This year has been a rollercoaster, with some highs and many, many lows.
Without trying to be too negative, we asked the CarExpert team to come up with their biggest automotive disappointments of 2020.
Let us know if you agree, and tell us your disappointments in the comments section.
Australia missing out on the good stuff
Hybrids, plug-in hybrids, EVs, the latest and most efficient petrol and diesel engines, Australia seems to be missing out on more and more of the headline acts particularly from Europe.
I genuinely would consider a Golf GTE, for example, but no bueno.
Additionally, many European brands have been forced to send their cheaper, almost third-world powertrains to Australia due to our sulphurous petrol and lack of emissions targets – which in turn also impacts our spot in the queue for electrified products.
Further to that, now with some state governments proposing PHEV and EV taxes (ludicrous without greater reforms, in my opinion), we’re just going to see this get worse and worse.
Australia’s lagging EV and emissions framework
I wrote a column on this a few months ago. The lack of a cohesive federal policy to help encourage take-up of EVs has left States to pursue their own policies.
The ACT is offering interest-free loans and free registration on them, whereas South Australia and Victoria want to sting EV drivers with mileage taxes in lieu of fuel excise, thereby actively dis-incentivising nascent green technology.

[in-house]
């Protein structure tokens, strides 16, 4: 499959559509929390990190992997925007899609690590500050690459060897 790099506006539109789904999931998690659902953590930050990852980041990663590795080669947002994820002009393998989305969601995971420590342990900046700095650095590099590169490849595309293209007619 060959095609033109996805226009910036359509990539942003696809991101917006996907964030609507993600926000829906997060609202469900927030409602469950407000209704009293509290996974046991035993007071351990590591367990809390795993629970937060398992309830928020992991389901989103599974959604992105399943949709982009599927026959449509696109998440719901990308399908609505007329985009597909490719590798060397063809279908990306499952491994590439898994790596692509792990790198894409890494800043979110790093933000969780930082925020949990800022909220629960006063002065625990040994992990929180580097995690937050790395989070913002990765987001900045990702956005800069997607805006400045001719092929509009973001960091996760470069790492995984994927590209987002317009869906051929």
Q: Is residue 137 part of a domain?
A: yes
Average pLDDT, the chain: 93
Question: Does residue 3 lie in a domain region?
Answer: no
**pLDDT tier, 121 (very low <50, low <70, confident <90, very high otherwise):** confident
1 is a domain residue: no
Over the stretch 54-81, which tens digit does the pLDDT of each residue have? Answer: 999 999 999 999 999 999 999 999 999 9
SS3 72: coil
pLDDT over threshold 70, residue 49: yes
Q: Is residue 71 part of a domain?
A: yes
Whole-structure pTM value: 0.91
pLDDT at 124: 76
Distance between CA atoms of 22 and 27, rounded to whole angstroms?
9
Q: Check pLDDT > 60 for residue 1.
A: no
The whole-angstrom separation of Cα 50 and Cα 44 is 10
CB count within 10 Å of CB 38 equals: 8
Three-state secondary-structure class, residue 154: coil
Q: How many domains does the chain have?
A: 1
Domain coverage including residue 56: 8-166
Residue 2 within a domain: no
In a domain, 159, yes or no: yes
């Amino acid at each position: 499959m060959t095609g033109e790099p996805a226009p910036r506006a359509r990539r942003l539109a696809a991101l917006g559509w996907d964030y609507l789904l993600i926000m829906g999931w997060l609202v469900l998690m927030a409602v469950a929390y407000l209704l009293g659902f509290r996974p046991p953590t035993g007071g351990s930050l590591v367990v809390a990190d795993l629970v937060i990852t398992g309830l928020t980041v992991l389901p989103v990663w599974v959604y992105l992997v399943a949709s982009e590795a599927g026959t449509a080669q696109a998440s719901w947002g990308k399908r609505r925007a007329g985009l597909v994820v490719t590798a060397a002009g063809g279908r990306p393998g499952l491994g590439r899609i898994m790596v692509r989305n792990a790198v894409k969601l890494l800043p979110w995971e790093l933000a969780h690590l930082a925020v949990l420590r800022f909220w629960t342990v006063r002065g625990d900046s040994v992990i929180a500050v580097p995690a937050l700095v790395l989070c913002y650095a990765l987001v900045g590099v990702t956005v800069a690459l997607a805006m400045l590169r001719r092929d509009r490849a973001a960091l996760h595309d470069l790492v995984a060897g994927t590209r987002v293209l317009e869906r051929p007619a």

The stark truth is, compared to Europe, China, Japan, California, and even New Zealand, Australia’s lack of binding CO2 targets for motor vehicles, and general lack of infrastructure and other incentives for greener vehicles, makes us an increasingly marginalised outlier – one that could be self-sufficient in green energy given its geography and weather, if it had the will.
That makes me endlessly frustrated.
The lack of driving skills and road manners of Aussie drivers
Having been blessed with a job that not so long ago took me around the globe to test cars in different countries, I can categorically say Aussie drivers haven’t got a flipping clue.
Where do I start? How about three lanes and three drivers side-by-side doing similar speeds. Forget about turning signals – either completely or three metres before making the turn.
Or there’s the person that sits in the right-hand lane doing 50km/h in a 60km/h zone only to merge across three lanes to the left at the last second, just as the red light appears.
It’s my own view the Highway Patrol has cleverly morphed into the ‘RCF’ – Revenue Collection Force (there are exceptions) – because there is simply no leniency or discretion shown anymore.
In fact, so terrified are most drivers for getting done via patrol cars, red light/speed cameras or camouflaged mobile speed cameras, many drivers are now resorting to going 30km/h in a 40km/h zone, or 60km/h in an 80km/h zone. Go figure.
We still have LCT
All the talk of the free trade agreement with Europe helping us get rid of the Luxury Car Tax has proven as nothing but just that: talk.
The death of Holden
Holden’s departure from Australia was a massive debacle and it’s incredibly disappointing the brand had to leave Australians with such a sour taste in their mouth.